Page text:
ATLANTA — A woman says she's in hiding because the man accused of beating and then raping her is back on the streets, just days after the crime.
The chief jailer at the Fulton County Jail said rape suspect Quinton Gray walked out of jail Monday night because he did not get a court hearing within 72 hours.
"It's devastating and it's scary because I have to walk around looking over my back," Gray's alleged victim told Winne. "He beat me. Then he raped me."
We are not naming the alleged victim.
An East Point police official said that, after great police work and a chase, investigators arrested Quinton Gray around 1 a.m. on Sept. 4 on a rape charge.
According to an arrest warrant, Gray was held inside the East Point City Jail until Friday evening of Sept. 6 but did not make it to the Fulton County Jail early enough to make a court hearing he's required to get within 72 hours of arrest. That time would have been up at 1 a.m. Saturday.
Winne talked to Gray on Monday night inside the Fulton County Jail.
"I'm innocent," Gray told Winne.
"You didn't do the rape you are accused of?" Winne asked
"No, sir, not at all," Gray said.
An official told Winne that East Point authorities are looking into how this happened and plan to seek an indictment of Gray that would provide a legal basis for arresting him again.
The official said Gray can still be held accountable.
"Mr. Gray should have appeared before a Fulton County magistrate within 72 hours. He did not. Our only recourse, in fact, was to give him a signature bond. The law requires it. This case is not dismissed," said Fulton County Chief Magistrate Judge Cassandra Kirk.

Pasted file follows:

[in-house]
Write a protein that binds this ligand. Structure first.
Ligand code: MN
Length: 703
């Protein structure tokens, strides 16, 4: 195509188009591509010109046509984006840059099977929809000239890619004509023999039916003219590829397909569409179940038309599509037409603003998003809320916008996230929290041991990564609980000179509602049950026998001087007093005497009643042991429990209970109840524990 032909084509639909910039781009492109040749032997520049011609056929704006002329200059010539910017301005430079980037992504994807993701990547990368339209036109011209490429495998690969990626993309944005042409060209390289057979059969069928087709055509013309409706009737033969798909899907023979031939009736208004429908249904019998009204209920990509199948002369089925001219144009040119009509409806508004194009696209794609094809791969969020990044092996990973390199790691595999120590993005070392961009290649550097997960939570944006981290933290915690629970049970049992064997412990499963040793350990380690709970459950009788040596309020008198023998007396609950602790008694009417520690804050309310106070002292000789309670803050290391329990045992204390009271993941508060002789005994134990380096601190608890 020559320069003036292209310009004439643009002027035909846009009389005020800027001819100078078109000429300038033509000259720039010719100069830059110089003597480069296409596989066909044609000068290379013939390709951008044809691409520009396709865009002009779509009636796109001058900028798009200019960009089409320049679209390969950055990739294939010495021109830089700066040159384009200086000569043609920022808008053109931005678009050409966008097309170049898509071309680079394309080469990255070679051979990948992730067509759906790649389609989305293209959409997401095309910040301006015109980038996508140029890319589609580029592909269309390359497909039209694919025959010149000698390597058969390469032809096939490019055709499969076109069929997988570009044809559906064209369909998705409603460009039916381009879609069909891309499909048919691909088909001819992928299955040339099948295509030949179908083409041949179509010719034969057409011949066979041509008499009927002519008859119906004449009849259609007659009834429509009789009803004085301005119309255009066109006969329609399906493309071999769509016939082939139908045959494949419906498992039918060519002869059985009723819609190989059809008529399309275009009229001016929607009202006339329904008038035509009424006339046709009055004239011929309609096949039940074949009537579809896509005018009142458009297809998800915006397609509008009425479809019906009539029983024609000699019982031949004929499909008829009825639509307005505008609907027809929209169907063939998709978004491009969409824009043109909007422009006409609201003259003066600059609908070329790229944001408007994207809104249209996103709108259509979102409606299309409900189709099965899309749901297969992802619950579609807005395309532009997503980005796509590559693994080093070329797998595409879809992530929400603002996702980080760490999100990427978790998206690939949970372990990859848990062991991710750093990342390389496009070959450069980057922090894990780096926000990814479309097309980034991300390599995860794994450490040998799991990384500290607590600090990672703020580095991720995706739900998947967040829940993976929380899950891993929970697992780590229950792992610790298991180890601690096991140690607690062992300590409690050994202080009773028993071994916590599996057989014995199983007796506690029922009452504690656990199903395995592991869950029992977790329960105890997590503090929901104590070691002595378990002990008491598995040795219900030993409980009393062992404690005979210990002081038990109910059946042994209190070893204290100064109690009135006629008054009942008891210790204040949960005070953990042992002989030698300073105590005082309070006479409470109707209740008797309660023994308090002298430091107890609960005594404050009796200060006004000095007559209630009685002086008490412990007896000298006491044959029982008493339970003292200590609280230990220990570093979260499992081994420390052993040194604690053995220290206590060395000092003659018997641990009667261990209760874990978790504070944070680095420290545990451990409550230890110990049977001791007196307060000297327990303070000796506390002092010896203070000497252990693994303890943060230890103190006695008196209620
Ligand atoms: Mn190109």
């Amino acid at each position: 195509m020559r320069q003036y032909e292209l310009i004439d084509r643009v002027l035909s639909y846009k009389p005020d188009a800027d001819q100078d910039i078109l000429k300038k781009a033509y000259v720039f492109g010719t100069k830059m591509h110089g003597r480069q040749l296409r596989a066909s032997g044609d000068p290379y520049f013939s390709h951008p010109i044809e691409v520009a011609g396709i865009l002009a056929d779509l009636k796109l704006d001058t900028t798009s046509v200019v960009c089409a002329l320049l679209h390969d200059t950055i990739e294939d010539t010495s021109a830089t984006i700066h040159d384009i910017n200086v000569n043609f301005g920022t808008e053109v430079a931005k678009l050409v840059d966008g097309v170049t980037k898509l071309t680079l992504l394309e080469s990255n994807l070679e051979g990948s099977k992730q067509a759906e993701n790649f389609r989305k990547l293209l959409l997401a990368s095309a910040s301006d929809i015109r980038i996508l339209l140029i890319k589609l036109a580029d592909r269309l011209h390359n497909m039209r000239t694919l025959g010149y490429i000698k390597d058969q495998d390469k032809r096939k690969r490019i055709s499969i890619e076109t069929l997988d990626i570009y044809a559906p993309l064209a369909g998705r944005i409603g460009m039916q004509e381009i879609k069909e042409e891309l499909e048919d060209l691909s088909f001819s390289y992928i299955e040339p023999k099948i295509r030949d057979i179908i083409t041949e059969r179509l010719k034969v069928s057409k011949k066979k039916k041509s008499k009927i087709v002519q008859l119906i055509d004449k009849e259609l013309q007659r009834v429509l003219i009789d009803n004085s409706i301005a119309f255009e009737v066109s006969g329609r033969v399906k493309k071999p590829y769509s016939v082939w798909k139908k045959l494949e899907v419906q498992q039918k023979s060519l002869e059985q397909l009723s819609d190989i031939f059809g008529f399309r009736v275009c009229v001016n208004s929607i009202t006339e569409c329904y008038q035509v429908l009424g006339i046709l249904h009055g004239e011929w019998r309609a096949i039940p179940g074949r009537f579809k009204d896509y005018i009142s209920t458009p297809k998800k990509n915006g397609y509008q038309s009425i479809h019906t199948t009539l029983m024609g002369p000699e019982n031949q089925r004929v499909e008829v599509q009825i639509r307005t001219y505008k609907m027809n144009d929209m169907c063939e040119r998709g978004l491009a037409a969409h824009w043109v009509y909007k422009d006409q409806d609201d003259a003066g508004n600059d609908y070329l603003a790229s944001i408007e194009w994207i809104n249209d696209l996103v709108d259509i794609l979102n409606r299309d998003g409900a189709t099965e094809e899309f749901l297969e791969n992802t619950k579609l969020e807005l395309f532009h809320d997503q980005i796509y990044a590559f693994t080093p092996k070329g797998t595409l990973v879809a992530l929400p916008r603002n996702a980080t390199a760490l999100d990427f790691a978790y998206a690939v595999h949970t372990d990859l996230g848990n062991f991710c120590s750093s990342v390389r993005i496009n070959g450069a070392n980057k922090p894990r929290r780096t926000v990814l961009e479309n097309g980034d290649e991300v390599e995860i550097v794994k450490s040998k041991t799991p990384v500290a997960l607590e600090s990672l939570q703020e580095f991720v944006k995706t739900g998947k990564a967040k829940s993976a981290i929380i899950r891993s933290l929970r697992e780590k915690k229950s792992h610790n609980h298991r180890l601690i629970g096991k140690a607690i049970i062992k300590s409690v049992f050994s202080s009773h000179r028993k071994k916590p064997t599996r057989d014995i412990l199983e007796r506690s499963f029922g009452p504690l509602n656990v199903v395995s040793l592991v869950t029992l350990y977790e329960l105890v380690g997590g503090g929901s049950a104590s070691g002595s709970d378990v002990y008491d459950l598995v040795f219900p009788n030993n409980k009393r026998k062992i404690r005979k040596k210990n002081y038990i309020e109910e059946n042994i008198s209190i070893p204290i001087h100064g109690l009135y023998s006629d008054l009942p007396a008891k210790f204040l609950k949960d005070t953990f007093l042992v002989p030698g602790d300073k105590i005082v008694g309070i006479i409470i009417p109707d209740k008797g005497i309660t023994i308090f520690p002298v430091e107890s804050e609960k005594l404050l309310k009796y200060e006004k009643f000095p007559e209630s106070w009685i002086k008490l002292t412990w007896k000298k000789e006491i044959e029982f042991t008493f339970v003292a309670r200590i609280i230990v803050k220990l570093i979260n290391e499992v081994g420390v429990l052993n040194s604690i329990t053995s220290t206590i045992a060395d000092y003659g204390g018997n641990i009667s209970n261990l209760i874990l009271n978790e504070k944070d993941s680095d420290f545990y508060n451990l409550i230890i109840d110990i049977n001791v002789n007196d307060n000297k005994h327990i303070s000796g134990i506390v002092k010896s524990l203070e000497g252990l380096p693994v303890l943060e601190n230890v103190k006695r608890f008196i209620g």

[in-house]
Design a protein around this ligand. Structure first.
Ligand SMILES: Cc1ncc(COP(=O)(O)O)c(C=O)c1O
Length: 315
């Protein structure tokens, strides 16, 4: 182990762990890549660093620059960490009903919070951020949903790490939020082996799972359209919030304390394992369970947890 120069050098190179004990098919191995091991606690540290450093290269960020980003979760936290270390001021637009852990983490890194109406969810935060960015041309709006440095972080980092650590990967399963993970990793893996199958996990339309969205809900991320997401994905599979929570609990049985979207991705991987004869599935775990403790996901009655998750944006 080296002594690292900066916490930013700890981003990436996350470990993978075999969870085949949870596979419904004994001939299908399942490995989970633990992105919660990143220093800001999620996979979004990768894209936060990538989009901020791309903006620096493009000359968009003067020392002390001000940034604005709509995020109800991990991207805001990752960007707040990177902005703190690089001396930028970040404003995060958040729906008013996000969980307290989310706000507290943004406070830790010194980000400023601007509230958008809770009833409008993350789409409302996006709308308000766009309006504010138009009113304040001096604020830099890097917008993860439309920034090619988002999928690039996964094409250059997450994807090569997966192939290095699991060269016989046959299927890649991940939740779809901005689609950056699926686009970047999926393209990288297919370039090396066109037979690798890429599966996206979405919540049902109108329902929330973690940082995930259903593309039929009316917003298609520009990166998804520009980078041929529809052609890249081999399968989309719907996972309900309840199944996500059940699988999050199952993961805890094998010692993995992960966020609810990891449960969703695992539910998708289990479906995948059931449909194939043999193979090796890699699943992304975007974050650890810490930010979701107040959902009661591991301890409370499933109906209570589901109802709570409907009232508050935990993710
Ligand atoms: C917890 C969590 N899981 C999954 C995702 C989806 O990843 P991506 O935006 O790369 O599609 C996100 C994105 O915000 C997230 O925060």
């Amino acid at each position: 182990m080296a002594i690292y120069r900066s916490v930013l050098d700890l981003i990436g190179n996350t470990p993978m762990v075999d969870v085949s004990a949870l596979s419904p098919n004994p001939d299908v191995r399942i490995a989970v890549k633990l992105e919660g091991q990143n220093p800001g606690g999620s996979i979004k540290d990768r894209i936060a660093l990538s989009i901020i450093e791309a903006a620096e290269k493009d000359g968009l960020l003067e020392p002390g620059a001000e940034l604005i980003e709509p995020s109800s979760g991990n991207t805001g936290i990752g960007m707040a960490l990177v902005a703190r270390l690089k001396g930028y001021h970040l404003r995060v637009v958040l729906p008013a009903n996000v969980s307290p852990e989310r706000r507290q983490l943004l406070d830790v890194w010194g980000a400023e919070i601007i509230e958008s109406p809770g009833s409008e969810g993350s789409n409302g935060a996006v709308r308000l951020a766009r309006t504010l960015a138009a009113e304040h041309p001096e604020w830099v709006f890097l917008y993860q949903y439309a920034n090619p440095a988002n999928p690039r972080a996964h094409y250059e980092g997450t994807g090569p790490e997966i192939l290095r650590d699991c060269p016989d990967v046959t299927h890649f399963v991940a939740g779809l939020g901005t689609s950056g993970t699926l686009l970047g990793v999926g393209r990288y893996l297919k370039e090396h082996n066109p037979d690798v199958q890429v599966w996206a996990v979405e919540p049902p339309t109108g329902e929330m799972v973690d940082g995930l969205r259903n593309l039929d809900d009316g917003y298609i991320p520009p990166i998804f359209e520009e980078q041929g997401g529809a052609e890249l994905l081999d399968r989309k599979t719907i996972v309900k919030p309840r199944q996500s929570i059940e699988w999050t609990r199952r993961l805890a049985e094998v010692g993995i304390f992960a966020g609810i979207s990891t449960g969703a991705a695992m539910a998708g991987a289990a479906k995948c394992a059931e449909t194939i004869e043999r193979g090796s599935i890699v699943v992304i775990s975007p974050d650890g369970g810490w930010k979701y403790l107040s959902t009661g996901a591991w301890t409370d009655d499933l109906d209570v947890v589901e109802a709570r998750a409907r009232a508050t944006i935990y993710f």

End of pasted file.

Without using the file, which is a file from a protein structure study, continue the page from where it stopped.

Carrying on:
"If he had been delivered to Fulton County jail on time, he would not have been released from jail when he was?" Winne asked Kirk.
"His case would have proceeded very differently. He would remain in jail," Kirk said.
Fulton County's chief jailer, Col. Mark Adger, said Gray finished being booked into his jail about 12:30 a.m. on Saturday, but the next felony court hearing at the jail was at 11 a.m. that morning, which was hours too late to meet the 72-hour requirement.
"He sat in East Point City Jail too long without a hearing?" Winne asked Adger.
"That's correct," Adger said.
Now, Gray's alleged victim says she gone into hiding.
"I feel like he stole more than just my body from me," she told Winne.
Kirk said that, once the case got to the Fulton County level, everything happened correctly under the law.
She said this has happened before with a couple of municipalities in Fulton County and that it has happened often enough that she has contacted police chiefs about the issue.
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